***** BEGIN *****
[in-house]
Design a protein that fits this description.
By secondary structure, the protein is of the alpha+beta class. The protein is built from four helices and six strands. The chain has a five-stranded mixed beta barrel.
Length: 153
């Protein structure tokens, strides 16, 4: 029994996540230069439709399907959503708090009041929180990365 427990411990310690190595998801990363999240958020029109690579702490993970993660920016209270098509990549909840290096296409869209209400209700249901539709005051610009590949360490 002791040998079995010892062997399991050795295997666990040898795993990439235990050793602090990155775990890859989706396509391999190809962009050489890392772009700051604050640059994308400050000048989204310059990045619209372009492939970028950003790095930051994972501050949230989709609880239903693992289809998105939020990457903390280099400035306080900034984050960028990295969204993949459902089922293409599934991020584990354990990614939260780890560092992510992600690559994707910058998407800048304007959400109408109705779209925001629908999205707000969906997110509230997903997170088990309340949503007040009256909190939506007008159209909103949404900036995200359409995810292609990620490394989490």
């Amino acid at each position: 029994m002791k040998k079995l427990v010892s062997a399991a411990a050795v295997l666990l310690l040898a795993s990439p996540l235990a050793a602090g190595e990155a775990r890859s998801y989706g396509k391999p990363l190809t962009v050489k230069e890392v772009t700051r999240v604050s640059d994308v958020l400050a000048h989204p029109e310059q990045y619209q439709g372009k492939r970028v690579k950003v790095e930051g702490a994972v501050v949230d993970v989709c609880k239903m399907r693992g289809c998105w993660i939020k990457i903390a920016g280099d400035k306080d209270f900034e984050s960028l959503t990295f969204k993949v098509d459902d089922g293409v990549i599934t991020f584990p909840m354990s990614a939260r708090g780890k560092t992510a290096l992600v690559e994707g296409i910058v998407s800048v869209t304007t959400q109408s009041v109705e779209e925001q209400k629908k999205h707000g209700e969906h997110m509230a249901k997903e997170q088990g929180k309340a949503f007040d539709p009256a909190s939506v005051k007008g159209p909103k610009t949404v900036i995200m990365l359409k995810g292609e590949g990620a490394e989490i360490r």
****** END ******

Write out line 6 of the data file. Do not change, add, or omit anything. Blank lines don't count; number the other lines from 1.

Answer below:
């Amino acid at each position: 029994m002791k040998k079995l427990v010892s062997a399991a411990a050795v295997l666990l310690l040898a795993s990439p996540l235990a050793a602090g190595e990155a775990r890859s998801y989706g396509k391999p990363l190809t962009v050489k230069e890392v772009t700051r999240v604050s640059d994308v958020l400050a000048h989204p029109e310059q990045y619209q439709g372009k492939r970028v690579k950003v790095e930051g702490a994972v501050v949230d993970v989709c609880k239903m399907r693992g289809c998105w993660i939020k990457i903390a920016g280099d400035k306080d209270f900034e984050s960028l959503t990295f969204k993949v098509d459902d089922g293409v990549i599934t991020f584990p909840m354990s990614a939260r708090g780890k560092t992510a290096l992600v690559e994707g296409i910058v998407s800048v869209t304007t959400q109408s009041v109705e779209e925001q209400k629908k999205h707000g209700e969906h997110m509230a249901k997903e997170q088990g929180k309340a949503f007040d539709p009256a909190s939506v005051k007008g159209p909103k610009t949404v900036i995200m990365l359409k995810g292609e590949g990620a490394e989490i360490r």